Orsini: The summer going into my sophomore year and the summer going into my junior year I had sat down and written at least 50 to 60 pages of this book, and every time I would end up at the end of the summer hating it. I was like ‘man this story is not what I’m trying to say and not the way I want to say it.’ I think it was about being in the right situation in my life to finish it. I think that’s what really pushed me. I felt like it was time for me to go out there and do something beyond what job I had.
Oracle: How do you think the publishing of your book impacted you? This was your baby, you’ve seen it from the first stages to now getting it published.
Orsini: To have people in other countries read my book and say, ‘Hey, I loved it.’ I’m simply blown away. I’ve responded to positive aspects and also criticism of the book, so I don’t want everybody to think that ‘Oh, I nursed this thing into reality, and now everyone loves it.’ It makes me insanely happy to know that people enjoy the book ‘cause I still have to go to work every day and not write and do something else to make money and live. The fact that I get to go home and read everything that people write to me … that really makes me happy. The fact that I get to write creatively every night and have people respond to it — that’s the most humbling thing in the world. I can’t think of anything else I love doing more, and I hope one day I can make (writing) my living.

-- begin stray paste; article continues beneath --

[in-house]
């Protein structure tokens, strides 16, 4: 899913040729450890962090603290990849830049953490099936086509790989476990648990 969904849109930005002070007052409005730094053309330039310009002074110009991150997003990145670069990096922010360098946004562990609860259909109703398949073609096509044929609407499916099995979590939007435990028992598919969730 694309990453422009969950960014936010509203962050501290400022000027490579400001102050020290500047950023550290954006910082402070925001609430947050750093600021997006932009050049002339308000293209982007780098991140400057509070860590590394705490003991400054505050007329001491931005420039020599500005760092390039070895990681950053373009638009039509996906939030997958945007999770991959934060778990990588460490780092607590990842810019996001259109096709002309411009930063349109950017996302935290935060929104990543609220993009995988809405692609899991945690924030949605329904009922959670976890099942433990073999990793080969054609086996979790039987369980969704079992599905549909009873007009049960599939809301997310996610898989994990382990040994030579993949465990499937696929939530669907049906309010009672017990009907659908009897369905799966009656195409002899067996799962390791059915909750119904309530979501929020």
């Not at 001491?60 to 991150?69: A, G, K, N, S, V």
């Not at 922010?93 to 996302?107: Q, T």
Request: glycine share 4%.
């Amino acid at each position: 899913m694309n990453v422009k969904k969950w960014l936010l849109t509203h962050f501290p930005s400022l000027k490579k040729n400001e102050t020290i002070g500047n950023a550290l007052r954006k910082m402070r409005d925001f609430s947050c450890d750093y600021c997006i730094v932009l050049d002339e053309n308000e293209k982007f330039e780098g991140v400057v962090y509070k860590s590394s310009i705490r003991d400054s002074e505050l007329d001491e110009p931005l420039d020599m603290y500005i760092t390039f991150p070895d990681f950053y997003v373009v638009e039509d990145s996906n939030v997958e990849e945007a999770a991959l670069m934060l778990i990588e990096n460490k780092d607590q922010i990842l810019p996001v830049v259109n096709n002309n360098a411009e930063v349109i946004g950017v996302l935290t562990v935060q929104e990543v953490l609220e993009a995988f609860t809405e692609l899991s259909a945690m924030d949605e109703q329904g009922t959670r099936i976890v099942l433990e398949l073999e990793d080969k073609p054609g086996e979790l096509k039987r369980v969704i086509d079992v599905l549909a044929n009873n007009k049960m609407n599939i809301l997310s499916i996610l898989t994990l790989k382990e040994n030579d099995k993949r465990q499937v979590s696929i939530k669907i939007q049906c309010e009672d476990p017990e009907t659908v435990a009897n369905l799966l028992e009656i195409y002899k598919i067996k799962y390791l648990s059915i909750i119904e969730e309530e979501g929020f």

Oracle: Your book is published through your own publishing company, isn’t it? How do you even start something like that?
Orsini: The company started in November of 2009. I started it basically as a necessity. I started working in my field, film, but like a lot of people I got laid off. I took the money I’d earned there and I said you know if I’m going to do this thing, I’m going to do it. The purpose of the company to is find young authors who are doing the same thing as me, and who want to start this process before they’re 30 and are very confused about it, like I was. We do offer a lot of guidance to young writers. We have really good people in New Jersey and New York helping out, and we’ve gotten a lot of poetry and other works.
Oracle: So, it’s safe to say that you would like to publish another book in the future?
Orsini: I’ll tell you this, I’ve actually already started something new and I’m not sure what it will turn into. I would like to publish another book sooner than later. This next thing I’m doing is much more reflective of my age group. I’ve been working on it whenever I get a chance.